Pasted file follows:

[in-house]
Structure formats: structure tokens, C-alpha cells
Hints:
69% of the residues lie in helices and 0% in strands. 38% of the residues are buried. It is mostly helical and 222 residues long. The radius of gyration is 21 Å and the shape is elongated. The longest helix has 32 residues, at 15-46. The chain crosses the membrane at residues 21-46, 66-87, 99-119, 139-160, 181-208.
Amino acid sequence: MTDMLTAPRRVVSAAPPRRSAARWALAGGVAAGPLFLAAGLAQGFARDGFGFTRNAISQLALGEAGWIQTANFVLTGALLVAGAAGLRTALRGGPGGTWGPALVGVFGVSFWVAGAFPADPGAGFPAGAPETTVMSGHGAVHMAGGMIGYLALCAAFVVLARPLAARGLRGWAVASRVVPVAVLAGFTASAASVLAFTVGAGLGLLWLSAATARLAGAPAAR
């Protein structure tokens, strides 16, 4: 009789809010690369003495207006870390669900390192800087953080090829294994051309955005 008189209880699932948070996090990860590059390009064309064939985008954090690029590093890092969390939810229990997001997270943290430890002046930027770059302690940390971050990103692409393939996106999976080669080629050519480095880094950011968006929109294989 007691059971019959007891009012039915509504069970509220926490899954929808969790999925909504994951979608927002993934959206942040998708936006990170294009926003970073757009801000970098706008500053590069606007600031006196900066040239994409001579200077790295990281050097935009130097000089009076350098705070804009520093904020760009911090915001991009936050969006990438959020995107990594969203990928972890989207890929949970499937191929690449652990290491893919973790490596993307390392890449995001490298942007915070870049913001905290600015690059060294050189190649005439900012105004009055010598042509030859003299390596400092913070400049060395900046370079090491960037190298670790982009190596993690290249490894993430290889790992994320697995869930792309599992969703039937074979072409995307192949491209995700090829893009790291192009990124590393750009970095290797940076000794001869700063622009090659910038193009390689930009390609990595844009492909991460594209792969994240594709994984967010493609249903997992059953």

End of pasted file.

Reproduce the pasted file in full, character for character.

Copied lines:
[in-house]
Structure formats: structure tokens, C-alpha cells
Hints:
69% of the residues lie in helices and 0% in strands. 38% of the residues are buried. It is mostly helical and 222 residues long. The radius of gyration is 21 Å and the shape is elongated. The longest helix has 32 residues, at 15-46. The chain crosses the membrane at residues 21-46, 66-87, 99-119, 139-160, 181-208.
Amino acid sequence: MTDMLTAPRRVVSAAPPRRSAARWALAGGVAAGPLFLAAGLAQGFARDGFGFTRNAISQLALGEAGWIQTANFVLTGALLVAGAAGLRTALRGGPGGTWGPALVGVFGVSFWVAGAFPADPGAGFPAGAPETTVMSGHGAVHMAGGMIGYLALCAAFVVLARPLAARGLRGWAVASRVVPVAVLAGFTASAASVLAFTVGAGLGLLWLSAATARLAGAPAAR
């Protein structure tokens, strides 16, 4: 009789809010690369003495207006870390669900390192800087953080090829294994051309955005 008189209880699932948070996090990860590059390009064309064939985008954090690029590093890092969390939810229990997001997270943290430890002046930027770059302690940390971050990103692409393939996106999976080669080629050519480095880094950011968006929109294989 007691059971019959007891009012039915509504069970509220926490899954929808969790999925909504994951979608927002993934959206942040998708936006990170294009926003970073757009801000970098706008500053590069606007600031006196900066040239994409001579200077790295990281050097935009130097000089009076350098705070804009520093904020760009911090915001991009936050969006990438959020995107990594969203990928972890989207890929949970499937191929690449652990290491893919973790490596993307390392890449995001490298942007915070870049913001905290600015690059060294050189190649005439900012105004009055010598042509030859003299390596400092913070400049060395900046370079090491960037190298670790982009190596993690290249490894993430290889790992994320697995869930792309599992969703039937074979072409995307192949491209995700090829893009790291192009990124590393750009970095290797940076000794001869700063622009090659910038193009390689930009390609990595844009492909991460594209792969994240594709994984967010493609249903997992059953």